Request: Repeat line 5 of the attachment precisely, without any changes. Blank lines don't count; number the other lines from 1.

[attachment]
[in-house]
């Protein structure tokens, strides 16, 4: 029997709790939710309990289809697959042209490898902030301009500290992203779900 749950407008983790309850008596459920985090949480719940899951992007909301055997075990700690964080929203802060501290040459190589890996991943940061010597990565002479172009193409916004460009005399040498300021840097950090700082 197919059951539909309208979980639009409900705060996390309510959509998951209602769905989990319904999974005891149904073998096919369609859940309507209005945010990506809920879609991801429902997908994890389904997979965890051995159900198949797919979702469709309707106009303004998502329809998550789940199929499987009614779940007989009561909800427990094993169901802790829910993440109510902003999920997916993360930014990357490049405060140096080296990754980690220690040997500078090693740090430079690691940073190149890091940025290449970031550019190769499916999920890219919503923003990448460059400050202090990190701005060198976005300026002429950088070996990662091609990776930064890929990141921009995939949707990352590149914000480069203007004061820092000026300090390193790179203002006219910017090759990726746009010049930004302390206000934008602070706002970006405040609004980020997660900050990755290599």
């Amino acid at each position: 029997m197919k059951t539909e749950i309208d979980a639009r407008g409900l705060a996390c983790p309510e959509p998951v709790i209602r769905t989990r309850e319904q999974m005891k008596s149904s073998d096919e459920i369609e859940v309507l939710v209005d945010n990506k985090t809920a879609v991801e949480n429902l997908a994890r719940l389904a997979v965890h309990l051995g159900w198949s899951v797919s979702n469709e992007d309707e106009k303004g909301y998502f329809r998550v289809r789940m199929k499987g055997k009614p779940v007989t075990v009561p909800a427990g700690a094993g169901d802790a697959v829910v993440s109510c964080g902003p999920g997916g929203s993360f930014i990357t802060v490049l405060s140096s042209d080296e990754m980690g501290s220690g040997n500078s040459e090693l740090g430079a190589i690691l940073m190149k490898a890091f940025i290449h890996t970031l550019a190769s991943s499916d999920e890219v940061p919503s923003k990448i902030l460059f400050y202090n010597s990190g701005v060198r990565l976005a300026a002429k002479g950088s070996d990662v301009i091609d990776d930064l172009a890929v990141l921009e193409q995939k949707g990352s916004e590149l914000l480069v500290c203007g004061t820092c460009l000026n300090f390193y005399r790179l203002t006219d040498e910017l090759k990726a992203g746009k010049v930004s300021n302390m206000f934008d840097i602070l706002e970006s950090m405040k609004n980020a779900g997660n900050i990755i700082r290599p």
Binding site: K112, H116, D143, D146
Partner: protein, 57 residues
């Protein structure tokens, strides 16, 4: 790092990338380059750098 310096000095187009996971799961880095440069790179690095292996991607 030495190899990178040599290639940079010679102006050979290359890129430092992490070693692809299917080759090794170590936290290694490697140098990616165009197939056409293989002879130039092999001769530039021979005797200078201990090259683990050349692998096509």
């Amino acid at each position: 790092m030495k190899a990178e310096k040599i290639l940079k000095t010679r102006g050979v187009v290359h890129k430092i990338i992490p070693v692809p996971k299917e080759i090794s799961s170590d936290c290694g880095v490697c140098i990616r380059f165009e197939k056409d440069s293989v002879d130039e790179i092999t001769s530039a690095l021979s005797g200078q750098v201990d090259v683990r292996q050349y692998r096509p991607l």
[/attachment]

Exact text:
Partner: protein, 57 residues